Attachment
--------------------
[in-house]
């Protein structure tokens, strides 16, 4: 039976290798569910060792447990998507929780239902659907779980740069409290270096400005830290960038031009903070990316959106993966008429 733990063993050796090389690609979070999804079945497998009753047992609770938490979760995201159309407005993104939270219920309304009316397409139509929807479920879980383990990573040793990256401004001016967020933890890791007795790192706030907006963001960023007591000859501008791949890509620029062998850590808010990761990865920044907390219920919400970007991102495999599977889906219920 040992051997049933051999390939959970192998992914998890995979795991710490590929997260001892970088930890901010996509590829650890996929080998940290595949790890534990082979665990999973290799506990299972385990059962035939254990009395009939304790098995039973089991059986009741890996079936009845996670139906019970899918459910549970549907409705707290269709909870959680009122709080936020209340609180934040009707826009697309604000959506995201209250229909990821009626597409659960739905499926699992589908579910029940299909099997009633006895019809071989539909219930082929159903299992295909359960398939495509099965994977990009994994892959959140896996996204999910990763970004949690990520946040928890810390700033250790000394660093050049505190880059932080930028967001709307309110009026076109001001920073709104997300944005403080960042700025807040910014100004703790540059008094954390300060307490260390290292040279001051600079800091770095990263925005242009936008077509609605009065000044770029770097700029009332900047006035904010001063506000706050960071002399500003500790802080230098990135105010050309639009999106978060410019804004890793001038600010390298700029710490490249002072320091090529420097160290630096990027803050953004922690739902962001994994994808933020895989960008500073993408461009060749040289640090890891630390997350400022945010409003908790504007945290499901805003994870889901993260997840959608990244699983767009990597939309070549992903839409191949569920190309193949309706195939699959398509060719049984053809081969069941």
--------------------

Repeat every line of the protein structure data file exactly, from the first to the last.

[in-house]
């Protein structure tokens, strides 16, 4: 039976290798569910060792447990998507929780239902659907779980740069409290270096400005830290960038031009903070990316959106993966008429 733990063993050796090389690609979070999804079945497998009753047992609770938490979760995201159309407005993104939270219920309304009316397409139509929807479920879980383990990573040793990256401004001016967020933890890791007795790192706030907006963001960023007591000859501008791949890509620029062998850590808010990761990865920044907390219920919400970007991102495999599977889906219920 040992051997049933051999390939959970192998992914998890995979795991710490590929997260001892970088930890901010996509590829650890996929080998940290595949790890534990082979665990999973290799506990299972385990059962035939254990009395009939304790098995039973089991059986009741890996079936009845996670139906019970899918459910549970549907409705707290269709909870959680009122709080936020209340609180934040009707826009697309604000959506995201209250229909990821009626597409659960739905499926699992589908579910029940299909099997009633006895019809071989539909219930082929159903299992295909359960398939495509099965994977990009994994892959959140896996996204999910990763970004949690990520946040928890810390700033250790000394660093050049505190880059932080930028967001709307309110009026076109001001920073709104997300944005403080960042700025807040910014100004703790540059008094954390300060307490260390290292040279001051600079800091770095990263925005242009936008077509609605009065000044770029770097700029009332900047006035904010001063506000706050960071002399500003500790802080230098990135105010050309639009999106978060410019804004890793001038600010390298700029710490490249002072320091090529420097160290630096990027803050953004922690739902962001994994994808933020895989960008500073993408461009060749040289640090890891630390997350400022945010409003908790504007945290499901805003994870889901993260997840959608990244699983767009990597939309070549992903839409191949569920190309193949309706195939699959398509060719049984053809081969069941």